David B. Coxe, Jr., Wilmington, for petitioner Rocco A. episcopo.
Wilfred J. Smith, Jr., Deputy Atty. Gen., for the State.
The question presented is this: Should this Court entertain a petition for the return of property, seized under a search warrant[49 Del. 535] directed by a Judge of this Court, and for the suppression of the use of such property as evidence in a prosecution in another Court?
By virtue of a search warrant which I issued upon the application of the Attorney General, the premises described therein were searched and James E. Spring, Rocco A. Episcopo and George Thompson were taken into custody. See 11 Del.C. §§ 2304, 2307. The three men were then brought before a Justice of the Peace on charges of violating the gambling laws of the State and they were held under bail bond for appearance in the Court of Common Pleas. Informations were filed against the three men in the Court of Common Pleas and the State proposes to offer in evidence in those prosecutions some or all of the property seized. Episcopo filed the instant application to this Court requesting suppression of the evidence in the Court of Common Pleas, or in any other Court, on the ground that the search warrant was 'issued illegally and contrary to law' and, therefore, the property was unlawfully seized and should be returned to the owner.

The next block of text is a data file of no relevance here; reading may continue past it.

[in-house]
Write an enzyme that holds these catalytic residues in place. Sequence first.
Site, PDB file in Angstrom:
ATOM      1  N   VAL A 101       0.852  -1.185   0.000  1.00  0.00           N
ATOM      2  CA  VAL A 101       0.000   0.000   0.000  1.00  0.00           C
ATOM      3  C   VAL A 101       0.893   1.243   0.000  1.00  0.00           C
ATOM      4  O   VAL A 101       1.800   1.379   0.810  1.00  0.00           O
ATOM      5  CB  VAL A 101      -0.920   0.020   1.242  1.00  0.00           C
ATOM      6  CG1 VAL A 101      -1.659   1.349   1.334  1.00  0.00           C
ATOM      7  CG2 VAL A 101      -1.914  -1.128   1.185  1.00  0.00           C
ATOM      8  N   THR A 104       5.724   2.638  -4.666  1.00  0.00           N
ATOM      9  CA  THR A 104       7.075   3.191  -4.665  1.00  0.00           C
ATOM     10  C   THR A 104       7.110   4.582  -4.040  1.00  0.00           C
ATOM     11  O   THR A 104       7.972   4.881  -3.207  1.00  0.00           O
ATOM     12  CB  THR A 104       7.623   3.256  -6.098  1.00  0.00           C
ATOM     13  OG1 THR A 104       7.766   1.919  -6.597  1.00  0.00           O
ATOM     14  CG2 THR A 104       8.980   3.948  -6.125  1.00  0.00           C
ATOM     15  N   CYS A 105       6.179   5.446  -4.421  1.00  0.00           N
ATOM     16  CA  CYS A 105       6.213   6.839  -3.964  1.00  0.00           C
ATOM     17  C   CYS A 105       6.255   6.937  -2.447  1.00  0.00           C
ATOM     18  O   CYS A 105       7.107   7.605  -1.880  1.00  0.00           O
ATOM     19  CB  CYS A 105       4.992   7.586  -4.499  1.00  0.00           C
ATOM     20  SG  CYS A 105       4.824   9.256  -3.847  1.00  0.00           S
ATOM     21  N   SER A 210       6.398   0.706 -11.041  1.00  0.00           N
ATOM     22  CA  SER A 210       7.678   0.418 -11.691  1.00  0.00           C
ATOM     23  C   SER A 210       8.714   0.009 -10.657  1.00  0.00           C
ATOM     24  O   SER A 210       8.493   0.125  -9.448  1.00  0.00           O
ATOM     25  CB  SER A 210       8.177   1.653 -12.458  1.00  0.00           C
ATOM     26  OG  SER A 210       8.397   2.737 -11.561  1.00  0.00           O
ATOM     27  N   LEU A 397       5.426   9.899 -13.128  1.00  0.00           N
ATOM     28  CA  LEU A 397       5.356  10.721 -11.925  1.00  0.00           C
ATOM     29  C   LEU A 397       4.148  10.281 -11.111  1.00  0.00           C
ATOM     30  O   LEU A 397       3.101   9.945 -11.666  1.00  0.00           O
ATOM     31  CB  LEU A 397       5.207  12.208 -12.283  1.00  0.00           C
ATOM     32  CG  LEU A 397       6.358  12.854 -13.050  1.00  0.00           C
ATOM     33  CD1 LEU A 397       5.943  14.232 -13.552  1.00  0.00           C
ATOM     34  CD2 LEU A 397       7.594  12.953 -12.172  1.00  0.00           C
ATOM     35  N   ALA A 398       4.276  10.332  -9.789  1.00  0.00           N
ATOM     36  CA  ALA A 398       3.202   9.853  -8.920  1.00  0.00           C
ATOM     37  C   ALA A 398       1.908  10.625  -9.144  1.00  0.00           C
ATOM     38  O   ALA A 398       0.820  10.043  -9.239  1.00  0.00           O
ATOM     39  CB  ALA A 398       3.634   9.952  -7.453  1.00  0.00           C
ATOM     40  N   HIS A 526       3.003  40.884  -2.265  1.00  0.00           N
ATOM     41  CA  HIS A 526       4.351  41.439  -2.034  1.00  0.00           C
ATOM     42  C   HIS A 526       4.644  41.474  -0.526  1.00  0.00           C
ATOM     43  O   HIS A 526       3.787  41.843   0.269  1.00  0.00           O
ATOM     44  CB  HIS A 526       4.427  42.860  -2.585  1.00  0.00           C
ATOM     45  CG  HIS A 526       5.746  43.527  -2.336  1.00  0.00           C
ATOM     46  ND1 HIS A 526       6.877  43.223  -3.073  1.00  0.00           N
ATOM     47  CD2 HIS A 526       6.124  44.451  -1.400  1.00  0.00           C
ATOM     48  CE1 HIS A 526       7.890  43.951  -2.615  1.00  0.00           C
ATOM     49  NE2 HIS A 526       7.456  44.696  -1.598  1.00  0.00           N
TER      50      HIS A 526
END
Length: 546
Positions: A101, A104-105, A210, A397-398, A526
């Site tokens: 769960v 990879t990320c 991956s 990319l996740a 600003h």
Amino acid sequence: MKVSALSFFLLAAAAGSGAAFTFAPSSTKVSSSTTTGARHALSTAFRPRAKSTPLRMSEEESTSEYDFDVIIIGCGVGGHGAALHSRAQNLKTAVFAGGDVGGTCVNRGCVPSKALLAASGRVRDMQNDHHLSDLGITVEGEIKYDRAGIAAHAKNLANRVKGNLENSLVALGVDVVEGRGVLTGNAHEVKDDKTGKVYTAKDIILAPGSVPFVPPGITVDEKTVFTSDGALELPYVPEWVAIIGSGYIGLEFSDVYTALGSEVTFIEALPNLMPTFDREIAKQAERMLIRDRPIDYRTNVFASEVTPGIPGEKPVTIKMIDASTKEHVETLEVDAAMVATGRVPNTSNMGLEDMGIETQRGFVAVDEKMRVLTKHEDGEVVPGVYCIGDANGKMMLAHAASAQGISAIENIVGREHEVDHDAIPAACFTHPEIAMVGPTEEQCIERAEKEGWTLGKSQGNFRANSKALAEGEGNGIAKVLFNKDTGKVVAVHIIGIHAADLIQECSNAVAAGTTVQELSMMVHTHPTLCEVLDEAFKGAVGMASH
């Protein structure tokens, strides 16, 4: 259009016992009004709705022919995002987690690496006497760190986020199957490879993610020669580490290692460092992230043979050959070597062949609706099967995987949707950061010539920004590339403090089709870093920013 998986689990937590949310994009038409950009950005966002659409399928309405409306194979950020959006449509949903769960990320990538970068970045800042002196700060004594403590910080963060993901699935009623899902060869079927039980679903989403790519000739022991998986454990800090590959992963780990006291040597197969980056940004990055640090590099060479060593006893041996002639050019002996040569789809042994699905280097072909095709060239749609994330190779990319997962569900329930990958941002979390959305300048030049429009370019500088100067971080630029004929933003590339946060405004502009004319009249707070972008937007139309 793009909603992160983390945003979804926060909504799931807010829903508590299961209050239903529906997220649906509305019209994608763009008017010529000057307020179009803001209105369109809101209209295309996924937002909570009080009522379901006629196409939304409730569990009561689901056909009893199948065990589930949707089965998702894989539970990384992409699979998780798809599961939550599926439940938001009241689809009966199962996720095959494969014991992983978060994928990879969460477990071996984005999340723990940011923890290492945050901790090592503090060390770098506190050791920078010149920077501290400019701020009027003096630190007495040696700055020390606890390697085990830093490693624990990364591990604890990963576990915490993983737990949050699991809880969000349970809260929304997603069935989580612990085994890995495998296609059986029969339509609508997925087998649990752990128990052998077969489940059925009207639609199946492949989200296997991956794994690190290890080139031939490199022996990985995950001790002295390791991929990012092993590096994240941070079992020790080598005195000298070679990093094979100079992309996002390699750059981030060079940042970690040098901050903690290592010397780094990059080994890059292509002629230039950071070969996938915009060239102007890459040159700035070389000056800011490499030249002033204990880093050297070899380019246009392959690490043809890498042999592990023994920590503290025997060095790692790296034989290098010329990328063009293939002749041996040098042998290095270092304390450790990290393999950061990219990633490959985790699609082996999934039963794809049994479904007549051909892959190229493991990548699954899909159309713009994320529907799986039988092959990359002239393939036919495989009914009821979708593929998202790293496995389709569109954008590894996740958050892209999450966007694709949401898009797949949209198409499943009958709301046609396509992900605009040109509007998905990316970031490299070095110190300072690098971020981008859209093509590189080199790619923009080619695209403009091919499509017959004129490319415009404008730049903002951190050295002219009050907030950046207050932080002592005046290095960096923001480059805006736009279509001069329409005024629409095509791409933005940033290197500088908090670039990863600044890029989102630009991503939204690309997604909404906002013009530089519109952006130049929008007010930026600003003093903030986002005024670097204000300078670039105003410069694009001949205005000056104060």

The petition will be dismissed for two reasons: (1) The jurisdiction of this Court to grant the petition has not been satisfactorily established; but even if this were not so (2) this Court should decline to exercise whatever jurisdiction it may have as a matter of comity and in the interest of better administration of criminal justice.
The petitioner contends that this Court has inherent power to entertain any proceeding arising out of the warrant of one of the Judges of this Court. Moreover, attention is invited to the possibility of disagreement by a Judge of a lower Court with a finding of probable cause and reasonableness duly made by a Judge of this Court in the process of issuing a search warrant.
Since the recent repeal of the Statute which vested in this Court exclusive jurisdiction
in proceedings such as this, 11 Del.C. § 2310, as amended April 26, 1955, we must look to the common law for the power of this Court to suppress evidence held [49 Del. 536] in connection with a prosecution in another Court. It appears that such power was unknown to the common law. See Sibbley v. State, 9 Terry 289,102 A.2d 702, 707. In the absence of Statute, now that 11 Del.C. § 2310 has been repealed, this Court's jurisdiction to control proceedings in another Court, in the manner requested by the petitioner, is highly questionable.
I find it unnecessary, however, to examine further into the question of jurisdiction. Even if the matter of jurisdiction were unquestionable, I am of the opinion that the pending petition should be denied. If this Court has jurisdiction, it is concurrent with that of the Court of Common Pleas. As a matter of comity, I think that this Court should decline to exercise whatever jurisdiction it may have so that there will be no interruption or delay in the proceedings of the Court in which the prosecution is pending. This course is indicated in the interest of prompt and efficient enforcement of criminal law. We sought and accomplished the repeal of 11 Del.C. § 2310, under which this Court had ...